OVER A COFFEE: Long live the British Raj —Dr Haider Shah
Change management programmes often do not succeed in the first go. Old habits die hard. A lot of de-learning and re-learning has to take place before any change starts bearing the desired results
The commissionerate system has been restored and according to some media reports, workers of the PPP distributed sweets over this restoration. This development in particular, and the way our political parties deal with major reform initiatives in Pakistan in general, reminds me of the curse of Sisyphus. According to Greek mythology, as a punishment from the gods for his trickery, King Sisyphus was made to roll a huge boulder up a steep hill. He would do it with great enthusiasm but before he could reach the top of the hill, the rock would always roll back down, forcing him to begin all over again. Like Sisyphus, our public policy making is also cursed with the maddening punishment of moving in circles. After speedy reincarnation of the corpse of the commissionerate system his Excellency, Pir Mazhar-ul-Haq, jubilantly declared that this system would usher in a wave of prosperity in Sindh. Perhaps only Pir sahib can tell us how much prosperity was achieved when the system was in force with all its pomp and glory for more than 50 years since the creation of Pakistan.
The authors of Freedom at Midnight state that the essence of the Victorian era was frequently enunciated by Rudyard Kipling who contended that white Englishmen were uniquely fitted to rule “lesser breeds without the law” and that “the responsibility for governing India had been placed by the inscrutable decree of providence upon the shoulders of the British race”. The authors remark that ultimately this responsibility was exercised by a “little band of brothers, 2,000 members of the Indian Civil Service, the ICS”. Pakistan inherited the legacy, which despite the reforms of Bhutto in 1973, was kept alive by the band of brothers reorganised as the District Management Group (DMG).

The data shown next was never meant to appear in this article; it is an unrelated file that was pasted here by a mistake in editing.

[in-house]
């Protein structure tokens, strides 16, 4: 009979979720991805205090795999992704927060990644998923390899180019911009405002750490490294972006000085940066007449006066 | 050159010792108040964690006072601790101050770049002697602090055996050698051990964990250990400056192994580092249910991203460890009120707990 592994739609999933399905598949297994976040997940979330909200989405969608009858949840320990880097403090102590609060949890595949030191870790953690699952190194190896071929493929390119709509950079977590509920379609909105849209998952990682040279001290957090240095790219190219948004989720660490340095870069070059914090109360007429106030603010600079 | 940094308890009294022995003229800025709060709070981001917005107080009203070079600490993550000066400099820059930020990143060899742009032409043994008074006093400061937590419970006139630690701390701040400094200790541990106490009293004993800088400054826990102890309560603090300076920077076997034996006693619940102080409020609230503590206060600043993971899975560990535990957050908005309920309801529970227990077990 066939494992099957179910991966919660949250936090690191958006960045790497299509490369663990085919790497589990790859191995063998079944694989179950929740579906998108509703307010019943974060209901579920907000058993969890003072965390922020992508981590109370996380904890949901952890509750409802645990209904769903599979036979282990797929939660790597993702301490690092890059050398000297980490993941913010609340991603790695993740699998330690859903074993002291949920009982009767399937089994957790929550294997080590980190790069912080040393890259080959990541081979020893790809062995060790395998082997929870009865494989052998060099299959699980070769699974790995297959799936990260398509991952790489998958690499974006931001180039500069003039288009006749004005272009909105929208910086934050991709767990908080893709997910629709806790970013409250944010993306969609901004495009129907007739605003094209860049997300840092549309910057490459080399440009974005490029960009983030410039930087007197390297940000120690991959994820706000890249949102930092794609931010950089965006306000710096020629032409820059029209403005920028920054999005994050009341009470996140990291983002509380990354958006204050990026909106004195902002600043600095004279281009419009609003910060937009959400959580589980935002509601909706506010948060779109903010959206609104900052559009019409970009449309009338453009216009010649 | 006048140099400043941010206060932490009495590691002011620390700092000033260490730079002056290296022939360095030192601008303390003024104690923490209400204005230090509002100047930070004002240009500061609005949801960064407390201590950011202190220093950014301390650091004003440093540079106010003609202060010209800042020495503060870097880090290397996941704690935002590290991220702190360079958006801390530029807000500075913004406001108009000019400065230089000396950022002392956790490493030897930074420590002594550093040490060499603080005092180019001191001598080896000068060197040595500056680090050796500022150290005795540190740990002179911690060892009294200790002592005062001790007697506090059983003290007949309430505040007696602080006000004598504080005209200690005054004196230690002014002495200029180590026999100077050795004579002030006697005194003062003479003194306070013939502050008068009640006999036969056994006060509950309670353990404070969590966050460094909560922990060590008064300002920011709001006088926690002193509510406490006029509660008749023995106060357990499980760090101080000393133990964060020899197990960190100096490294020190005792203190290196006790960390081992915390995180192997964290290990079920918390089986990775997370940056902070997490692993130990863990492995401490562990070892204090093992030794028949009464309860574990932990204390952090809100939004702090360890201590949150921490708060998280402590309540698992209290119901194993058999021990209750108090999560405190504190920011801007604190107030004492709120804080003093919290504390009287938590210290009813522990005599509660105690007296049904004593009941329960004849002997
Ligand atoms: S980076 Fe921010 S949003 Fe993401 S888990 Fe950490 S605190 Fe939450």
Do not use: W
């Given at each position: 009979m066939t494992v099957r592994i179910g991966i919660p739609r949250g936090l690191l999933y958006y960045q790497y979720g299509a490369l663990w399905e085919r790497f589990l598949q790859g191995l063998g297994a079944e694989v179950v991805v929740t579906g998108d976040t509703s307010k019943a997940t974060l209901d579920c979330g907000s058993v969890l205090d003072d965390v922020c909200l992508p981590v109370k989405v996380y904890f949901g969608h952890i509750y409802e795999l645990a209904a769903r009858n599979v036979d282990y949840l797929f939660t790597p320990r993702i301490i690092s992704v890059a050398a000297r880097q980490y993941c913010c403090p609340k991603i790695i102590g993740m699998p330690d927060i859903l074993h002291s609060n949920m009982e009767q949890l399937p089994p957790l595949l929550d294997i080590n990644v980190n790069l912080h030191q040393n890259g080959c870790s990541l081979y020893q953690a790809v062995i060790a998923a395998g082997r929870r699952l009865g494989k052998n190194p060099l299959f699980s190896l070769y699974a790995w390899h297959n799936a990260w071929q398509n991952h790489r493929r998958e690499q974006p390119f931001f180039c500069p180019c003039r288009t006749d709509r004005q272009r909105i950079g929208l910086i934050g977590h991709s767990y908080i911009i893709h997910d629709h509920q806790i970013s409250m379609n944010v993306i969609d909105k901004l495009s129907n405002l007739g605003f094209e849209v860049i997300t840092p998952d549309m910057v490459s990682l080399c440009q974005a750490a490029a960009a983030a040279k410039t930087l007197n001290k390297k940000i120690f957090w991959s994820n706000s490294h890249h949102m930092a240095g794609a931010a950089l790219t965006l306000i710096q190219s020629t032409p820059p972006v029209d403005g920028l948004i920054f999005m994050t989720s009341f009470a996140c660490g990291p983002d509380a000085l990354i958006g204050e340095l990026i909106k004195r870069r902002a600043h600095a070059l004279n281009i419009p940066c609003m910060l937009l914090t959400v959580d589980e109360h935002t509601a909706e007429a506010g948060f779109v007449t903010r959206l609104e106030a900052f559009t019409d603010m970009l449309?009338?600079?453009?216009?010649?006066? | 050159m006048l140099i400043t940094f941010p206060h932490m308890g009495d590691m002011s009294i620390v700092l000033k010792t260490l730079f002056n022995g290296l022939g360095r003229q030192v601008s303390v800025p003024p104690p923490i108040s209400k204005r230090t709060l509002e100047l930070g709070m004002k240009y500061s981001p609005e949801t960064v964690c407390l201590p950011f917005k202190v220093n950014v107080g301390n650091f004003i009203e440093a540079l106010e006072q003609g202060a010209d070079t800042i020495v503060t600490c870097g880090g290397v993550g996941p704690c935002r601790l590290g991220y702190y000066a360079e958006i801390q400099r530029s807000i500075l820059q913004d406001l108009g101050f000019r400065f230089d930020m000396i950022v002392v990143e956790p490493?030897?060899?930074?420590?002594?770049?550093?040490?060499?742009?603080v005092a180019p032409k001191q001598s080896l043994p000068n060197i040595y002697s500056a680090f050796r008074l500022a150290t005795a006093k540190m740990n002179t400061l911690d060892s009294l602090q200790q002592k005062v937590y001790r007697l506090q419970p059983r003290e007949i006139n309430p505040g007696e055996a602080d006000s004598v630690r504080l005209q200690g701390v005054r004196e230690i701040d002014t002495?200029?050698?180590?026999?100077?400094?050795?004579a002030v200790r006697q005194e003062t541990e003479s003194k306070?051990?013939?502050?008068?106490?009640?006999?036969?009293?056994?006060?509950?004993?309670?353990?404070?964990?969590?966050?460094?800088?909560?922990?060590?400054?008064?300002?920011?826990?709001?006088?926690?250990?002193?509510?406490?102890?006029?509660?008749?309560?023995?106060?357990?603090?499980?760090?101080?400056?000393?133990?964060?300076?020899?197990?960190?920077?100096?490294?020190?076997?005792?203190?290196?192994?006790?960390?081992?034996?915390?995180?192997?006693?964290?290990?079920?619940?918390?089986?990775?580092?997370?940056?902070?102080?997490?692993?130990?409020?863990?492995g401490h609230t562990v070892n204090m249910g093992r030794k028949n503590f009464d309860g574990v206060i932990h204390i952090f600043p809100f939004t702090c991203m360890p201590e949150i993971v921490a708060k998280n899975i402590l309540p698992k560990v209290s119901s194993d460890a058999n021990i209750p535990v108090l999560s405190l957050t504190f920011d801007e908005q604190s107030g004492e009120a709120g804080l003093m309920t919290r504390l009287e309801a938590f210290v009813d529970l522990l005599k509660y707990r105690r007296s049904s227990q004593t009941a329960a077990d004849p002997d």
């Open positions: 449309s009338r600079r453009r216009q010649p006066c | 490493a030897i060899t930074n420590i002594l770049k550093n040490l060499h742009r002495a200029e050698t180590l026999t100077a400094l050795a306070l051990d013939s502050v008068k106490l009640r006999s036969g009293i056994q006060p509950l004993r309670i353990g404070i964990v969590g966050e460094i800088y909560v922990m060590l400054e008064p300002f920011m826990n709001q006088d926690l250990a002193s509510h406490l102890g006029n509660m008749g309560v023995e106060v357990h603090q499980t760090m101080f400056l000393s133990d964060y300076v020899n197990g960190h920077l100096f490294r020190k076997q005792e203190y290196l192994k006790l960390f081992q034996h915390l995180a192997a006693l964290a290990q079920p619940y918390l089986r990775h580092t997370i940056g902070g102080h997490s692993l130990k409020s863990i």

In their hatred for the district level devolution system, the politicians of Sindh are not alone. Ever since the new political order emerged after the elections in 2008, many conspirators became active in plotting the murder of a system that was still in its infancy. The new child was seen as a threat to the thrones of two power centres — the traditional constituency-based politicians and the DMG band of brothers. Both happily connived to drive a dagger into the heart of the defenceless contender.
There are three oft-repeated defence pleas offered by the conspirators of the murder plot. First, the district government system was introduced by a dictator. A lame excuse! After all, none of the elected governments ever considered ending the monopoly of PTV. The same dictator awarded licences to private channels with the hope that the action would improve his credentials. Does it mean that all private channels should be shut down and the glorious age of PTV restored? Similarly, the computerised database of personal records through NADRA was also launched by the same dictator. Should the government then not go back to the pre-NADRA glorious age?